U.S. Rejects Iraq’s Request to Open Talks on a Troop Pullout
(Bloomberg) -- The U.S. rejected Iraqi Prime Minister Adel Abdul Mahdi’s request to begin talks on the withdrawal of American troops, with the State Department saying it’s open to discussing “force posture” in the country and the financial “partnership” between the two nations.
“Any delegation sent to Iraq would be dedicated to discussing how to best recommit to our strategic partnership -- not to discuss troop withdrawal, but our right, appropriate force posture in the Middle East,” State Department spokeswoman Morgan Ortagus said in a statement Friday.
Abdul Mahdi’s demand during a Thursday phone call with Secretary of State Michael Pompeo is the latest sign of eroding ties between the countries after the U.S. killed a top Iranian general in Baghdad.
The drone strike on Qassem Soleimani, who oversaw Iran’s foreign military operations, outraged Shiite politicians in Iraq, many of whom have close ties to Tehran. Their majority in parliament was enough to win a non-binding vote on expelling U.S. forces, though Sunni Arab and Kurdish legislators boycotted the session. If it happened, a U.S. pullout would bring an end to 17 years of American military presence in the Middle East nation following a 2003 invasion to oust Saddam Hussein.
“His Excellency demanded that the U.S. Secretary of State send officials to Iraq to work out mechanisms to implement the decision of the parliament for the safe withdrawal of troops from Iraq,” according to a statement from the Iraqi prime minister’s office.
Pompeo told reporters at the White House Friday that Abdul Mahdi “didn’t quite characterize the conversation correctly.” He said that “we are happy to continue the conversation with the Iraqis about what the right structure is” but “we’re going to continue that mission.”
The U.S. statement on Friday said talks are underway with representatives of NATO about increasing the alliance’s role in Iraq, “in line with the President’s desire for burden sharing in all of our collective defense efforts.” But it also carried the hint of a threat.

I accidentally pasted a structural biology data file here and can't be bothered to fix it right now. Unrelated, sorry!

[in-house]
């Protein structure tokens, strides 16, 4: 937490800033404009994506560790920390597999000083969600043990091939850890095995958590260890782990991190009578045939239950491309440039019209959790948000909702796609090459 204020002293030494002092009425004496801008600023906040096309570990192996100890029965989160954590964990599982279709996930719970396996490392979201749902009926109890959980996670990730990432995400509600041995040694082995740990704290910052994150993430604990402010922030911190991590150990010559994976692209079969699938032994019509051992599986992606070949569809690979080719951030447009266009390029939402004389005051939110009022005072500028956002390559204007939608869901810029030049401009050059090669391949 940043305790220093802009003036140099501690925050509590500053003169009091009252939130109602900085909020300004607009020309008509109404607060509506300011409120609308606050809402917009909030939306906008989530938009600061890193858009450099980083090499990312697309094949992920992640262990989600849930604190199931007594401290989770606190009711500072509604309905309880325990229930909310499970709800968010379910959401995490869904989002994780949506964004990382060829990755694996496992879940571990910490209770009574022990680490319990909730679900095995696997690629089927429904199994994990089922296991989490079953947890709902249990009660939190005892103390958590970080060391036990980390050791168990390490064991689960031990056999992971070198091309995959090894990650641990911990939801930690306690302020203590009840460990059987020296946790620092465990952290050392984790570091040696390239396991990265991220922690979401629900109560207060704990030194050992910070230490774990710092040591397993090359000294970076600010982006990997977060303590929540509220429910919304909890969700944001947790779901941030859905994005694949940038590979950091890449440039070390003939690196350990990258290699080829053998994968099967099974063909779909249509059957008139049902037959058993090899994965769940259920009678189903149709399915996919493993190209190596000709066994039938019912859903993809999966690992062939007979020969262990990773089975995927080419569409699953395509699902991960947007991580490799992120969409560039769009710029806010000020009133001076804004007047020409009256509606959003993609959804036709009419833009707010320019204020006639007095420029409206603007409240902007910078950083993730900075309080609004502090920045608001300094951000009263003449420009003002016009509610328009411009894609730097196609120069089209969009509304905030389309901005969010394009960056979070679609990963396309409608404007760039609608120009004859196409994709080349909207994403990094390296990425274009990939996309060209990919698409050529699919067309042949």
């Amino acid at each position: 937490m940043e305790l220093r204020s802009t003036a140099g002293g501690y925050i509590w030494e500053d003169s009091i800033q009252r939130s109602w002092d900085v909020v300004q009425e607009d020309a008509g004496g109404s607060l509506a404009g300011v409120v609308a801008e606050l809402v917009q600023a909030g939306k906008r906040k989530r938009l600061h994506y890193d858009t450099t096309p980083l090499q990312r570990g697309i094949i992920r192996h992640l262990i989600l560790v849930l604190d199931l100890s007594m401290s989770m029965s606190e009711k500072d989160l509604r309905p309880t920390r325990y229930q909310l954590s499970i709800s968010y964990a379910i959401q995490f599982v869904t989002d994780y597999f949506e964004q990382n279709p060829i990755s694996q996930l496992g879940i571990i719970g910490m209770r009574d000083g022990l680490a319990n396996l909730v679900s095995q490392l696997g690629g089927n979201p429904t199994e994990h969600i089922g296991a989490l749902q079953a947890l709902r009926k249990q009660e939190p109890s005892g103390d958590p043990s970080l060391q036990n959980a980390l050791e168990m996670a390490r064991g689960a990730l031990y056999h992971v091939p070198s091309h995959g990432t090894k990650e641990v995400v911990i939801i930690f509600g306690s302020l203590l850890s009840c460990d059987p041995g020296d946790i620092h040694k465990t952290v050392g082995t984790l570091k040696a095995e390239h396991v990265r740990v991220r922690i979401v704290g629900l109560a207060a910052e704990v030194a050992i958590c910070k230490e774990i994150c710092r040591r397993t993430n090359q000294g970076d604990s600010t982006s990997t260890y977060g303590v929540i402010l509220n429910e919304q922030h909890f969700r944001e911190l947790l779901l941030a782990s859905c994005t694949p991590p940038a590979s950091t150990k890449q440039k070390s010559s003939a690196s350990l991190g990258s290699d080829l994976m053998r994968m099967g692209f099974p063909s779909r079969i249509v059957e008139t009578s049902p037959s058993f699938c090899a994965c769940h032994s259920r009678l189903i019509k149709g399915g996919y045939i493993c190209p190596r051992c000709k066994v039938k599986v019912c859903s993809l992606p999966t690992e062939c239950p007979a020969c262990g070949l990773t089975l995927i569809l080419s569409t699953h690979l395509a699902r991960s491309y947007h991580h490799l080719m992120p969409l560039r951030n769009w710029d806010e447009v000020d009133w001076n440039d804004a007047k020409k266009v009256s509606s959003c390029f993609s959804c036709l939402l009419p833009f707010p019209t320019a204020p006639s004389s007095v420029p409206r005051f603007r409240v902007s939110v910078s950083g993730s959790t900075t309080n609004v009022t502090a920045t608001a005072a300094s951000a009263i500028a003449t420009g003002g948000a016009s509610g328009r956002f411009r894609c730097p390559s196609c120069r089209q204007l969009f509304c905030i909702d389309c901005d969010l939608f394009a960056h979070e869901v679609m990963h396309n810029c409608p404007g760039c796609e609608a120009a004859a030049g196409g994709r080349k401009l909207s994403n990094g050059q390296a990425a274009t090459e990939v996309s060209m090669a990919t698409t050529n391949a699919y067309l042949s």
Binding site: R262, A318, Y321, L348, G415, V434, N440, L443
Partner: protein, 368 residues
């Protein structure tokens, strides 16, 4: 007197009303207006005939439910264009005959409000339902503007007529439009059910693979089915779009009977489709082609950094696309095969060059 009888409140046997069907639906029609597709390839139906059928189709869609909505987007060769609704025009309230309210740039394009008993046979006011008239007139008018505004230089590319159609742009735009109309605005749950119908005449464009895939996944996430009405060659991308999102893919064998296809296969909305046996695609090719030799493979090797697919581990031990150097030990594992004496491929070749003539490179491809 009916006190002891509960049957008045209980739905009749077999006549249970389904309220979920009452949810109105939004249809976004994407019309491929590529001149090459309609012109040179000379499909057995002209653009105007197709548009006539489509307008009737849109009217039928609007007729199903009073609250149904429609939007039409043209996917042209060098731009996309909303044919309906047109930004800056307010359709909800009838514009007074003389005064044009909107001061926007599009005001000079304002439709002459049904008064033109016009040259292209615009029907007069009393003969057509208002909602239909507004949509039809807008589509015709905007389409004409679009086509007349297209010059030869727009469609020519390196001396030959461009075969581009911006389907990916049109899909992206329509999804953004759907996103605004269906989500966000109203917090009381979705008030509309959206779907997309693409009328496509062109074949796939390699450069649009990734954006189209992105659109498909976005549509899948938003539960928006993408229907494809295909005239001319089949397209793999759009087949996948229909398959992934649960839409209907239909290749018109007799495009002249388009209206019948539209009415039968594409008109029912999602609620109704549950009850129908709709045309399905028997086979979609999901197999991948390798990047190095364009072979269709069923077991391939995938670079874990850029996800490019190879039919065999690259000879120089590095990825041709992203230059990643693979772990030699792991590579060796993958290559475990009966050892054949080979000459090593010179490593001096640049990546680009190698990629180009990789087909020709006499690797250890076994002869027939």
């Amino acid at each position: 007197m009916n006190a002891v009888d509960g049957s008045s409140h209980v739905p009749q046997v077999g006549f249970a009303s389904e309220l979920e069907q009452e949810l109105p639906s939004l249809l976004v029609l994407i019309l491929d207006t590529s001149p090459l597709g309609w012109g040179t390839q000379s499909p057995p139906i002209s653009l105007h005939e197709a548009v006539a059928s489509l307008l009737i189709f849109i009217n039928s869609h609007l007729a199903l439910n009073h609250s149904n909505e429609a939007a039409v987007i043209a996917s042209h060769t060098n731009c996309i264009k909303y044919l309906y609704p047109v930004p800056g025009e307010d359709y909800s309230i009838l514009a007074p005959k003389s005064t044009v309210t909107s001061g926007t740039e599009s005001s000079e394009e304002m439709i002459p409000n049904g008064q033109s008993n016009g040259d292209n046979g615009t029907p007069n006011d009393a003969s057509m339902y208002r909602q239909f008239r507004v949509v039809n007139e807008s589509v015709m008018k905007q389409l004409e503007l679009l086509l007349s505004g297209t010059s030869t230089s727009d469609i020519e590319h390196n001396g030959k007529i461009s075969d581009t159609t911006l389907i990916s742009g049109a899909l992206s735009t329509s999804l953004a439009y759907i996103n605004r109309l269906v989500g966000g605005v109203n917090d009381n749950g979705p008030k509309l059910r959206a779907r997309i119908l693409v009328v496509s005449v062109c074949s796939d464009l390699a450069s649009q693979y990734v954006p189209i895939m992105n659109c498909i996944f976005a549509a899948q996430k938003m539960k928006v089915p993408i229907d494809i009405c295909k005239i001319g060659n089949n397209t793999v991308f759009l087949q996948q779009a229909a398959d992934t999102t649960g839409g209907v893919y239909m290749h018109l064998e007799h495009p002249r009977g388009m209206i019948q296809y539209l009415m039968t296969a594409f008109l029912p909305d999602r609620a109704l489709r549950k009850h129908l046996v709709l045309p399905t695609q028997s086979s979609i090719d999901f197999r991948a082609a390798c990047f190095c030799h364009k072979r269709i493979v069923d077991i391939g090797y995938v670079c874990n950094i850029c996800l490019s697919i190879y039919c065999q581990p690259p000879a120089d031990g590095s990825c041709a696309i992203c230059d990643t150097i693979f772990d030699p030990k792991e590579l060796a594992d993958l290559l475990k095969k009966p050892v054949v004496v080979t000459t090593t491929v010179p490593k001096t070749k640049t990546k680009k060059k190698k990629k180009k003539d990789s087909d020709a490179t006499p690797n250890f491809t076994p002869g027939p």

“There does, however, need to be a conversation between the U.S. and Iraqi governments not just regarding security, but about our financial, economic, and diplomatic partnership,” according to the statement.
President Donald Trump responded angrily to the parliament vote, threatening to sanction Iraq and demanding reimbursement for investments made in the country over the past two decades if the government insists on U.S. forces leaving.
After Iran on Wednesday fired a salvo of missiles at Iraqi bases where U.S. troops are stationed in retaliation for Soleimani’s killing, both sides seemed to step back from the brink of open conflict. No Americans were injured in the missile barrage and Trump called Thursday for Iranian leaders to negotiate.
Iranian Foreign Minister Javad Zarif said on Twitter that the missile attack “concluded” Iran’s retaliation for Soleimani’s killing. Even if Tehran refrains from further direct attacks, though, it might seek reprisals through more covert means, such as attacks by proxy militias or in cyberspace.
Pentagon chief Mark Esper said early this week that he believes the Iraqi people and lawmakers still want the U.S. to maintain a presence in the country, though Abdul Mahdi’s statement would appear to contradict that position. U.S. forces in the country have increasingly focused on the fight against Islamic State, a battle in which they were at least nominally aligned with Shiite Iran’s interests.
Tensions between the U.S. and Iran soared after Trump in 2018 withdrew from the nuclear accord negotiated by his predecessor, President Barack Obama, and reimposed sanctions that have crushed the Islamic Republic’s economy.
Iran has responded by withdrawing from the nuclear deal in phases, while its proxy forces in Yemen, Iraq and Syria are seen as having been behind attacks on a range of targets including critical oil infrastructure in Saudi Arabia, a key U.S. ally in the region.
Trump ordered Soleimani killed after a Dec. 27 rocket attack on a joint U.S.-Iraqi base near Kirkuk resulted in the death of an American contractor. The U.S. blamed the attack on an Iran-backed militia and killed its leader in the same strike that targeted Soleimani.
The assassinations are the latest test for a nation that has seen almost nonstop upheaval since the U.S. invasion.
Iraqis fed up with corruption and the slow pace of recovery from the wreckage left by the war with Islamic State took to the streets in October for protests that also targeted Iran’s dominance of the country’s politics.
Iraq’s top Shiite cleric on Friday denounced the “repeated violations” of the country’s sovereignty and the government’s inability to deter attacks.
Grand Ayatollah Ali al-Sistani said that no outside power should decide Iraq’s fate.
“The latest dangerous aggressive acts, which are repeated violations of Iraqi sovereignty, are a part of the deteriorating situation” in the region, he said, according to his representative Ahmed Al-Safi.
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